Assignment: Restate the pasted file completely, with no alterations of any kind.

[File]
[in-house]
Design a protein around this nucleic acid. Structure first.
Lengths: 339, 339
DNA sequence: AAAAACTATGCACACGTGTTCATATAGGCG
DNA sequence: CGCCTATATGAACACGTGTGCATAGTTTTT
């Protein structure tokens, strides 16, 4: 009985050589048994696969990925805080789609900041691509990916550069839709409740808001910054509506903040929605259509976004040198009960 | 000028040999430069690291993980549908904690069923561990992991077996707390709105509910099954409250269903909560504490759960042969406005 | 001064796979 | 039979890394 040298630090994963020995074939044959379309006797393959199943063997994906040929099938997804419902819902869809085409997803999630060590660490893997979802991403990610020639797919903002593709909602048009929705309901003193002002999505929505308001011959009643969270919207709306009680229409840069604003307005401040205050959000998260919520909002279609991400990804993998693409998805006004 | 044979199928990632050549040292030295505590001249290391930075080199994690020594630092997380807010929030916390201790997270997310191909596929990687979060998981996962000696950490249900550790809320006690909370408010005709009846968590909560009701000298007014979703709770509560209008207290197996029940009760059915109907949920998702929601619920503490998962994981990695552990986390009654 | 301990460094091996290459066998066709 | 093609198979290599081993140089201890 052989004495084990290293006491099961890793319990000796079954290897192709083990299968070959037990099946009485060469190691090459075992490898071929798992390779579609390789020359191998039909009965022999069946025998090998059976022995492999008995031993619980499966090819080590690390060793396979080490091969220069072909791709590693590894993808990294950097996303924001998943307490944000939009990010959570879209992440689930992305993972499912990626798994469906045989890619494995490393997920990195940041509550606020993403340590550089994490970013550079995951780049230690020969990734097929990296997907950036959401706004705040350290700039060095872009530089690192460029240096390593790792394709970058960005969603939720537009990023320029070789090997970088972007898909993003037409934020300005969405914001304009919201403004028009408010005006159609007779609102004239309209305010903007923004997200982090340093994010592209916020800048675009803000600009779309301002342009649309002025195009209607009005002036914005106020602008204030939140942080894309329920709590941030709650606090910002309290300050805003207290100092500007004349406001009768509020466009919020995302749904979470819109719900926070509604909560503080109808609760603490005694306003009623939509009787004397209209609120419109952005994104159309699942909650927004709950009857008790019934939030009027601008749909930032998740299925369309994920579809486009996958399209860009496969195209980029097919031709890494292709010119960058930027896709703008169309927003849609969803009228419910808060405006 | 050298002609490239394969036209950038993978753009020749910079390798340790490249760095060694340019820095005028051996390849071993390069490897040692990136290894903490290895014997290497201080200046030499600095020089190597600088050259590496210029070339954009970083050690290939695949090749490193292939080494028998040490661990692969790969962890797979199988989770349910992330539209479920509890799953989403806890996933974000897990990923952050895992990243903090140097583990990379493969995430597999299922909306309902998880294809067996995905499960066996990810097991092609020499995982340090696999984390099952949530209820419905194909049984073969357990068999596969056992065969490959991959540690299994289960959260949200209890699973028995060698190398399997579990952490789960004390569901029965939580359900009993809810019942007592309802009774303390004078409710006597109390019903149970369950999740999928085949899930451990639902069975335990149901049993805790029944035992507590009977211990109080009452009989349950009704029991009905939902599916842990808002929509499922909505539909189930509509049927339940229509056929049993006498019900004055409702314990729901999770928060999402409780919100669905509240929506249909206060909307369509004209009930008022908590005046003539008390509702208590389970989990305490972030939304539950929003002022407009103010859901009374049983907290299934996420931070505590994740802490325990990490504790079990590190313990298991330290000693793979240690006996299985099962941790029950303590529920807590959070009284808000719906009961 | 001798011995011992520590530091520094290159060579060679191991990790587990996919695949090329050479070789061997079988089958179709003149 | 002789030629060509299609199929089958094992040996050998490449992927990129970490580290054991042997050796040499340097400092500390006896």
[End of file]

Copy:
[in-house]
Design a protein around this nucleic acid. Structure first.
Lengths: 339, 339
DNA sequence: AAAAACTATGCACACGTGTTCATATAGGCG
DNA sequence: CGCCTATATGAACACGTGTGCATAGTTTTT
């Protein structure tokens, strides 16, 4: 009985050589048994696969990925805080789609900041691509990916550069839709409740808001910054509506903040929605259509976004040198009960 | 000028040999430069690291993980549908904690069923561990992991077996707390709105509910099954409250269903909560504490759960042969406005 | 001064796979 | 039979890394 040298630090994963020995074939044959379309006797393959199943063997994906040929099938997804419902819902869809085409997803999630060590660490893997979802991403990610020639797919903002593709909602048009929705309901003193002002999505929505308001011959009643969270919207709306009680229409840069604003307005401040205050959000998260919520909002279609991400990804993998693409998805006004 | 044979199928990632050549040292030295505590001249290391930075080199994690020594630092997380807010929030916390201790997270997310191909596929990687979060998981996962000696950490249900550790809320006690909370408010005709009846968590909560009701000298007014979703709770509560209008207290197996029940009760059915109907949920998702929601619920503490998962994981990695552990986390009654 | 301990460094091996290459066998066709 | 093609198979290599081993140089201890 052989004495084990290293006491099961890793319990000796079954290897192709083990299968070959037990099946009485060469190691090459075992490898071929798992390779579609390789020359191998039909009965022999069946025998090998059976022995492999008995031993619980499966090819080590690390060793396979080490091969220069072909791709590693590894993808990294950097996303924001998943307490944000939009990010959570879209992440689930992305993972499912990626798994469906045989890619494995490393997920990195940041509550606020993403340590550089994490970013550079995951780049230690020969990734097929990296997907950036959401706004705040350290700039060095872009530089690192460029240096390593790792394709970058960005969603939720537009990023320029070789090997970088972007898909993003037409934020300005969405914001304009919201403004028009408010005006159609007779609102004239309209305010903007923004997200982090340093994010592209916020800048675009803000600009779309301002342009649309002025195009209607009005002036914005106020602008204030939140942080894309329920709590941030709650606090910002309290300050805003207290100092500007004349406001009768509020466009919020995302749904979470819109719900926070509604909560503080109808609760603490005694306003009623939509009787004397209209609120419109952005994104159309699942909650927004709950009857008790019934939030009027601008749909930032998740299925369309994920579809486009996958399209860009496969195209980029097919031709890494292709010119960058930027896709703008169309927003849609969803009228419910808060405006 | 050298002609490239394969036209950038993978753009020749910079390798340790490249760095060694340019820095005028051996390849071993390069490897040692990136290894903490290895014997290497201080200046030499600095020089190597600088050259590496210029070339954009970083050690290939695949090749490193292939080494028998040490661990692969790969962890797979199988989770349910992330539209479920509890799953989403806890996933974000897990990923952050895992990243903090140097583990990379493969995430597999299922909306309902998880294809067996995905499960066996990810097991092609020499995982340090696999984390099952949530209820419905194909049984073969357990068999596969056992065969490959991959540690299994289960959260949200209890699973028995060698190398399997579990952490789960004390569901029965939580359900009993809810019942007592309802009774303390004078409710006597109390019903149970369950999740999928085949899930451990639902069975335990149901049993805790029944035992507590009977211990109080009452009989349950009704029991009905939902599916842990808002929509499922909505539909189930509509049927339940229509056929049993006498019900004055409702314990729901999770928060999402409780919100669905509240929506249909206060909307369509004209009930008022908590005046003539008390509702208590389970989990305490972030939304539950929003002022407009103010859901009374049983907290299934996420931070505590994740802490325990990490504790079990590190313990298991330290000693793979240690006996299985099962941790029950303590529920807590959070009284808000719906009961 | 001798011995011992520590530091520094290159060579060679191991990790587990996919695949090329050479070789061997079988089958179709003149 | 002789030629060509299609199929089958094992040996050998490449992927990129970490580290054991042997050796040499340097400092500390006896």